All risk can never be removed from a strategic plan, therefore business planning teams must approach risk from a cost / benefit perspective. Risk mitigation in planning can cost money and speed, but if risks are addressed early the organization can avoid future impediments.
The lesson? We cannot eliminate all threats, but can reduce risk by lowering vulnerability.
A Strategic Threat and Risk Management Framework
Threats will continuously flow into the business ecosystem, but not all threats pose a risk to the organization (the asset).
A strategic threat management framework must first determine what the threat or risk might potentially affect (people, property, and information, etc.). It is then prudent to examine the vulnerabilities and estimate the impacts the risk imposes. Actions can then be formulated to address the required protections.
The following are components of a Threat and Risk Management Framework:
Threat: Anything that can exploit a vulnerability, intentionally or accidentally, and obtain, damage, or destroy an asset.
Vulnerability: A vulnerability is a weakness or gap in our protection efforts.
Risk: Risk is the potential for loss, damage or destruction of an asset as a result of a threat exploiting a vulnerability. Risk can be thought of as the intersection of assets, threats, and vulnerabilities. Risk is a function of threats exploiting vulnerabilities to obtain, damage or destroy assets.
A mathematical representation of this relationship might be: Risk = Threat x Vulnerability x Asset.
Protections: The awareness of threats and risks as well as the application of organizational resources to prevent them from occurring.
A model for managing threats and risks must therefore take into account that threats (actual, conceptual, or inherent) may exist, but if there are no vulnerabilities then there is little or no risk. Similarly, a business can have a vulnerability, but if there are no related threats, then there is little or no risk.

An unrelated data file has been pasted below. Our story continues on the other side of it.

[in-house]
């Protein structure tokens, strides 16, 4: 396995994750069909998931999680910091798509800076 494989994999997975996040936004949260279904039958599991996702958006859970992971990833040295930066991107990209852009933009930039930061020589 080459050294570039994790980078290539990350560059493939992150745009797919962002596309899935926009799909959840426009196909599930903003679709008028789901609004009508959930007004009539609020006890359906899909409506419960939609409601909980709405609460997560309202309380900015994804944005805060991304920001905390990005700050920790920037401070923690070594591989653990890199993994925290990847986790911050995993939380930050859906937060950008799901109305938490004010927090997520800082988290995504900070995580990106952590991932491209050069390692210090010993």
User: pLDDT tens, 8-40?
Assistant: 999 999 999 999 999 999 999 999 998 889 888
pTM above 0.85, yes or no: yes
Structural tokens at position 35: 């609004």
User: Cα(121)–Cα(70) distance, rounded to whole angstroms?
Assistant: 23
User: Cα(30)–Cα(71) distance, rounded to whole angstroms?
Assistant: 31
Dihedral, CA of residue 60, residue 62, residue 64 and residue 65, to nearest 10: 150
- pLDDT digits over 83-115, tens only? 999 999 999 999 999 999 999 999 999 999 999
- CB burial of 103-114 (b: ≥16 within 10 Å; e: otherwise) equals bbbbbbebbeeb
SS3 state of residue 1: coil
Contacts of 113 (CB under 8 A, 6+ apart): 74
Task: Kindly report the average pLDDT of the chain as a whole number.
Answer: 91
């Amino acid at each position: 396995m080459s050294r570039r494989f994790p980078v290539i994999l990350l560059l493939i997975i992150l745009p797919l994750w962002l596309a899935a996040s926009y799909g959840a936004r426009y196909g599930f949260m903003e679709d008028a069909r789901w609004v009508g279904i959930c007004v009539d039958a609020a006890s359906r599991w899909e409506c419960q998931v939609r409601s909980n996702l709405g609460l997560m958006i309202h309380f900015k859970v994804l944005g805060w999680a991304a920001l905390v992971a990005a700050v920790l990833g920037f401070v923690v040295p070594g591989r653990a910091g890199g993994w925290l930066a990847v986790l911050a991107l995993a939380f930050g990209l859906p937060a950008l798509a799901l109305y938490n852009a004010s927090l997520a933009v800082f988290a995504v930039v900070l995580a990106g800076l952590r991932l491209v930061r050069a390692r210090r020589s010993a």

The following framework demonstrates this point and can serve as a model to be incorporated into the strategic planning framework of an organization.
A sound strategy, robust strategic planning process and management discipline are the keys to business survival. Businesses will always face threats. They may come in the form of cheaper imports available from a foreign market, new legislation that forces business model changes or game-changing disruptive technologies that alter the buying trends of a core market. Long-term survival is dependent on environmental surveillance connected to good strategic planning and the protections that are put in place to safeguard against damage to organizational assets.
Change happens and successful businesses adapt and prosper. Winning businesses have incorporated forward-looking planning combined with operational execution that is dialed-in to key metrics attenuated to their strategic objectives. Strategic planning that includes environmental threat surveillance helps any business to navigate choppy waters, plan accordingly and signal the alarm when plans are no longer working.
> Read Part 1 of this series – “Most Companies Don’t See Strategic Threats Coming Until It Is Too Late – Part 1 of 3”
> Read Part 2 of this series – “Most Companies Don’t See Strategic Threats Coming Until It Is Too Late – Part 2 of 3”
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Category: Business Growth & Strategy
Tags: Joe Evans, Risk, Strategic Planning, strategic threats, Strategy Execution